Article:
The message from the man who some say holds more secrets than anyone else in the world may be surprising: Sharing secrets brings people together, he told a large crowd in Billings on Tuesday.
Frank Warren, founder of PostSecret, spoke at Petro Theater on the Montana State University Billings campus as part of weekly activities for Power of One Week, a week "celebrating the spirit of Dr. Martin Luther King Jr.," according to the MSUB website.
PostSecret describes itself as "an ongoing community art project where people mail in their secrets anonymously on one side of a postcard."
It began in 2005 with a strange idea, Warren said.
Photocopying a few thousand postcards with instructions for secret-sharing on them, Warren handed them out in the Washington, D.C., area for reasons he says he didn't quite understand at the time.
Secret sharers would write short notes about their secrets on the postcards and send them to Warren, who put them on a website every Sunday for anyone to see. The website's popularity grew exponentially, garnering 780 million page views, he said.
But why did Warren decide he wanted to help people share their secrets?
Throughout his presentation Warren mentioned bits about his own troubled life, including an abusive childhood, a dysfunctional family, an unfulfilling career and even a period of homelessness.
These personal secrets and their relationship to PostSecret became obvious only after someone sent Warren a picture of a door with two holes in it.
"The holes are from when my mom tried knocking down my door so she could continue beating me," the message read.
That secret "broke everything open for me, it gave me this epiphany," Warren said.
Other people began sending him pictures of doors with holes in them, opening the floodgates for sharing about abusive childhood experiences.
The shared experience moved one person to write to Warren: "All this time I thought I was the only one, and just knowing there are other people out there like me, who share my secret, it doesn't make my secret go away, but it makes my burden feel just a little lighter."
Warren said he's come to believe through running PostSecret that everything happens for a reason. If given the chance, he wouldn't erase the suffering he's experienced, he said.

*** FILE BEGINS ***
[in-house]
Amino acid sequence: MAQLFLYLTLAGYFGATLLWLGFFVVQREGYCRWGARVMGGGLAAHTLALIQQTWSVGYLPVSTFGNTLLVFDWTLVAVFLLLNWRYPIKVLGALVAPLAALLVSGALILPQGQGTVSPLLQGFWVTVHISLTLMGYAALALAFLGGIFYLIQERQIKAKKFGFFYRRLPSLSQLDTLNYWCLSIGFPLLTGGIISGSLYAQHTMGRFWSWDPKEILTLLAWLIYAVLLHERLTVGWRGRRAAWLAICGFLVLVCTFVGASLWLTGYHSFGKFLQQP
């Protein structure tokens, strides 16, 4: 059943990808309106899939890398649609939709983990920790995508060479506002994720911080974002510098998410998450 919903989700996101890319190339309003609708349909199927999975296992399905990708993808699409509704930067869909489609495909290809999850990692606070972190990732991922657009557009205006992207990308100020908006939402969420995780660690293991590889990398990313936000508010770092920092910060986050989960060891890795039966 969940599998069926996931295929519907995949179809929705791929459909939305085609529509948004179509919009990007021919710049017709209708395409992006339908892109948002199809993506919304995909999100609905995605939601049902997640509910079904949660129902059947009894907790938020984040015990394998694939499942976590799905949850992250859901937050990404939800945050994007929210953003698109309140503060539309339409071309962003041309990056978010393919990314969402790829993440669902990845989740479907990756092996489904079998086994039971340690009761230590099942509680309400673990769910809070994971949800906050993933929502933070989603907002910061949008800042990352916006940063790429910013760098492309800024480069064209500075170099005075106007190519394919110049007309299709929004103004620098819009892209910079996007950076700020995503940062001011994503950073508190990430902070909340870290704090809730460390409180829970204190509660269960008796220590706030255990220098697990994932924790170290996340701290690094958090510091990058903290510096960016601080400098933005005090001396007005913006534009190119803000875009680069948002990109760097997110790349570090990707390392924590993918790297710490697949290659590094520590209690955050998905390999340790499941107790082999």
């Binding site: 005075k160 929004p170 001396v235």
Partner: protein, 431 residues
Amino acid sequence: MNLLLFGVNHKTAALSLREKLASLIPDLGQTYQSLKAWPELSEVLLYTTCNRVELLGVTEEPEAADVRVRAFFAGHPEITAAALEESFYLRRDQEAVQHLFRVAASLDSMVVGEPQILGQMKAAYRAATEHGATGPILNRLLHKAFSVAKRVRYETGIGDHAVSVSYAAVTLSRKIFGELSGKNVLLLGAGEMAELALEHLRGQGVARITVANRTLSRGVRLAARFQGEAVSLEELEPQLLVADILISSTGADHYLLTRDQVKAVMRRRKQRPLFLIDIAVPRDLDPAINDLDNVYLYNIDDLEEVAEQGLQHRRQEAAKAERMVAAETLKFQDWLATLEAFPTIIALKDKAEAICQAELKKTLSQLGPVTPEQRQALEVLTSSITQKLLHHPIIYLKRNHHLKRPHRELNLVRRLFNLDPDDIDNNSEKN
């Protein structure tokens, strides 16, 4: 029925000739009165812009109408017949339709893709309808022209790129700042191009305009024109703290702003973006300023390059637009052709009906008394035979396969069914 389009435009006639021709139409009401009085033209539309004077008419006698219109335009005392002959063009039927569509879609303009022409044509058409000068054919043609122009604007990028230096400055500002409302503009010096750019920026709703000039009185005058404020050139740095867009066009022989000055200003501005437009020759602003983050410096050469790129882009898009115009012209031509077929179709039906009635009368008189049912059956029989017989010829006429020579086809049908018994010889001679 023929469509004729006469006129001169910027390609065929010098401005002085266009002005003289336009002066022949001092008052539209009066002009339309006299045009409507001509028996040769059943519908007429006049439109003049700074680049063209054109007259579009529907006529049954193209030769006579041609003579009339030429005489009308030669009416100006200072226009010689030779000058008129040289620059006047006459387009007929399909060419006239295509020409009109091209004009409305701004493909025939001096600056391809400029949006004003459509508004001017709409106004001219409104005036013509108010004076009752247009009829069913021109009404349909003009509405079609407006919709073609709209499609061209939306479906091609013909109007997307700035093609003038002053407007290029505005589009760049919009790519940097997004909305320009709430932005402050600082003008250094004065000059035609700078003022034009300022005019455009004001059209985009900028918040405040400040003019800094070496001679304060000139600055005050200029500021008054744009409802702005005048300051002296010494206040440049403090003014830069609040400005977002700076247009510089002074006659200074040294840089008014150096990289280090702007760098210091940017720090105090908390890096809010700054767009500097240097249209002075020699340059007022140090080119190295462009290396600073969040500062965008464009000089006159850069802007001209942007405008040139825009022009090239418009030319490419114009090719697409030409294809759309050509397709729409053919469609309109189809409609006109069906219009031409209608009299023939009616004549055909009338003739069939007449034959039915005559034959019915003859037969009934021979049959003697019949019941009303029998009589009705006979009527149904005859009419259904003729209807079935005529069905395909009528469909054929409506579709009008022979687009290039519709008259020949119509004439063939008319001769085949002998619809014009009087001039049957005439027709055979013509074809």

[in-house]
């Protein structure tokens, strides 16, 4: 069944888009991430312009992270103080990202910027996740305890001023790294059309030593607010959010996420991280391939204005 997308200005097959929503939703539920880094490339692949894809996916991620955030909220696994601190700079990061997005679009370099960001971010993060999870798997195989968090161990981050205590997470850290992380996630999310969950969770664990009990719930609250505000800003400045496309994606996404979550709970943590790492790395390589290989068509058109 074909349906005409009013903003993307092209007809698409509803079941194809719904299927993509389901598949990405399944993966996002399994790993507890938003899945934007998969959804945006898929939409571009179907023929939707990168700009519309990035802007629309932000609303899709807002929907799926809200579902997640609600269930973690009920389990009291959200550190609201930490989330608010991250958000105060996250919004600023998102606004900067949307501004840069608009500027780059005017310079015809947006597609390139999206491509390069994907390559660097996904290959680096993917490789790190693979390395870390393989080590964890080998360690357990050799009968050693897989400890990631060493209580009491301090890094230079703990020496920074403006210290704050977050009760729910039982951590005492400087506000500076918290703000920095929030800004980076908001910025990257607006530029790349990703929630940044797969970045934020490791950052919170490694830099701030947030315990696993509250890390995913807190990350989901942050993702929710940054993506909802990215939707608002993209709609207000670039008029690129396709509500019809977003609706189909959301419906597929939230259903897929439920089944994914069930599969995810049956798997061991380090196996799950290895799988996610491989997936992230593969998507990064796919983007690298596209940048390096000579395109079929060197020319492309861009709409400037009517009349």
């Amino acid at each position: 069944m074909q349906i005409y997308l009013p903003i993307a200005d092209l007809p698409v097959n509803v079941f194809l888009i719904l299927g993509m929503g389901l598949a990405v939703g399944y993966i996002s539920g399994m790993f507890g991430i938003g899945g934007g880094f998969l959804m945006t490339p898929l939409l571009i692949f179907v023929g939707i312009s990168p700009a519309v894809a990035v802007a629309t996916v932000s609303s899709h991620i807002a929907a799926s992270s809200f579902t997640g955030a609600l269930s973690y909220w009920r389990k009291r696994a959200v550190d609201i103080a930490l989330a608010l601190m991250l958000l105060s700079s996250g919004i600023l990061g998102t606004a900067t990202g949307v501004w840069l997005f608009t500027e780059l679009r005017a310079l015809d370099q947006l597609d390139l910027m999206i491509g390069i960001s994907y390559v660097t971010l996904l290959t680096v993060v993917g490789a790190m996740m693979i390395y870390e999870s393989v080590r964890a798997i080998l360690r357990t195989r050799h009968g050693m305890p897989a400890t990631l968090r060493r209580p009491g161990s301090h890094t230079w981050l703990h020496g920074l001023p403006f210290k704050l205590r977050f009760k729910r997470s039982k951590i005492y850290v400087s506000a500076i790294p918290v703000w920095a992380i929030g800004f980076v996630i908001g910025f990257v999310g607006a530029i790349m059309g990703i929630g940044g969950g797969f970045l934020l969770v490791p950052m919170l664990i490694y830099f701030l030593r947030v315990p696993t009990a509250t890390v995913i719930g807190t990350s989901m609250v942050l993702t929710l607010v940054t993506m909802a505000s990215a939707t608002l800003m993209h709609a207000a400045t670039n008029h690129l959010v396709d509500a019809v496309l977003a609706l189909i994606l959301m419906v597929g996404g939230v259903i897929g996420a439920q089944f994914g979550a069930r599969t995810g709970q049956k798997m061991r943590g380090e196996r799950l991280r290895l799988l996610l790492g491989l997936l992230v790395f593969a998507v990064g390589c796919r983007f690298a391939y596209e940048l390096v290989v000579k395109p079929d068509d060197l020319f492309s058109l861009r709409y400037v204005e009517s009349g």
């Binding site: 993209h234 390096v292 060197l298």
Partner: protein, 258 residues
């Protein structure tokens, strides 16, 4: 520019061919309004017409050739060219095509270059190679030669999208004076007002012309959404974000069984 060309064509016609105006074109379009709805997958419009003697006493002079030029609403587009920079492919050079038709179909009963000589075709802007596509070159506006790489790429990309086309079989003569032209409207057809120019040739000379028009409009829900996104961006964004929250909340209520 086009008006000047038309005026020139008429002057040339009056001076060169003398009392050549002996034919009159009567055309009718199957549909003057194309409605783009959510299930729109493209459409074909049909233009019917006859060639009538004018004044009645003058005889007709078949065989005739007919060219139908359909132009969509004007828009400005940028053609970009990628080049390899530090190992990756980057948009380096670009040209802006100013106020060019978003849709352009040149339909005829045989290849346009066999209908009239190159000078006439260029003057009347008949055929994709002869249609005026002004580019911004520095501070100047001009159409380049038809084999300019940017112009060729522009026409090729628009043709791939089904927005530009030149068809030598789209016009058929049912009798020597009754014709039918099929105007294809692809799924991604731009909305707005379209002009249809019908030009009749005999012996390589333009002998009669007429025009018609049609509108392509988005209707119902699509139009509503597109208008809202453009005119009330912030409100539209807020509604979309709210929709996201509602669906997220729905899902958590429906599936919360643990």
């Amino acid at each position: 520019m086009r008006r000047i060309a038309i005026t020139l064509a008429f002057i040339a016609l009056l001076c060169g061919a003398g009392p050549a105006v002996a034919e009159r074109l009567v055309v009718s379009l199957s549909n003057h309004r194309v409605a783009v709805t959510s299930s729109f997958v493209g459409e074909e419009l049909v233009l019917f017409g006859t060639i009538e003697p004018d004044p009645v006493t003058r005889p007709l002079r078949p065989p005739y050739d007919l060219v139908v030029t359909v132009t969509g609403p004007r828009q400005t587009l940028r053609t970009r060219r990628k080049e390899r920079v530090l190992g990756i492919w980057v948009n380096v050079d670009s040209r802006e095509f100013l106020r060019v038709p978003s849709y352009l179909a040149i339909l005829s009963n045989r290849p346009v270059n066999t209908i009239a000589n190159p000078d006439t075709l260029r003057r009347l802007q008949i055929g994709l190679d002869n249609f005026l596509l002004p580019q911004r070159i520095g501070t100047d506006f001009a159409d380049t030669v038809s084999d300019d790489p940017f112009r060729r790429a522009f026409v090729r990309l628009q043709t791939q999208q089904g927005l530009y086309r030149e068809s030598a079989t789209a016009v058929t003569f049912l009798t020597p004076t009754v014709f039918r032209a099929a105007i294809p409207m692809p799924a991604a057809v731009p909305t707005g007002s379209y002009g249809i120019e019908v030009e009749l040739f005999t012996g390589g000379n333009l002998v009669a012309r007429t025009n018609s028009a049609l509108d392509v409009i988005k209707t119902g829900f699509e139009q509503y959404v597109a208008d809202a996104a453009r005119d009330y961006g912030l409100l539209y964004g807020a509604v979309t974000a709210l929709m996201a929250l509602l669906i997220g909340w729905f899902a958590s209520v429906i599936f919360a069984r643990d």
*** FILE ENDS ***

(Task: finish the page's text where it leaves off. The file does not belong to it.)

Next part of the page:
"We earn our souls through suffering," Warren said.
Warren said he bundles the postcard secrets into bricks of 300 and estimated he has collected about 1 million secrets. Patterns have emerged throughout the years.
One of the more light-hearted patterns was the tendency for dads to tell their small children strange things that aren't true. One person told Warren for the first 12 years of their life they thought "No outlet," signs meant no outlet malls ahead.
Another person told him they were told by their father that the Easter Bunny came out of the toilet the same way Santa came down the chimney. Members in the audience nodded their heads when Warren asked if anyone had ever heard that chocolate milk only comes from brown cows.
Other secret patterns have more weight, such as how people hold onto voicemail messages from loved ones out of fear that the person who left the message might die before they ever see or speak to them again, Warren said.
Several people sent PostSecret those voicemail messages they'd been saving. Warren played some of them for the Billings audience.
Not all of PostSecret's messages are heartwarming. One message Warren received included an unidentified satellite image with an arrow pointing to a spot on Earth. "I said she dumped me, but really I dumped her body," the message read.
The implication that someone was confessing a murder led to a criminal investigation. Members of the online forum website Reddit were ultimately able to figure out the location of the plot of land. Police combed the area, but no body was ever found, Warren said.
Another common thread in PostSecrets is suicidal thoughts. Suicide is "America's secret," Warren said.
PostSecret has helped attack the stigma surrounding suicide and other mental health issues, Warren said. Some secrets explain how little gestures and conversations prevented a person from suicide.
"Sometimes the smallest act of kindness, compassion, listening, it can make all the difference in the world," he said. "I believe some of you here tonight have said the right things at just the right time, and you've saved someone's life and you don't even know it."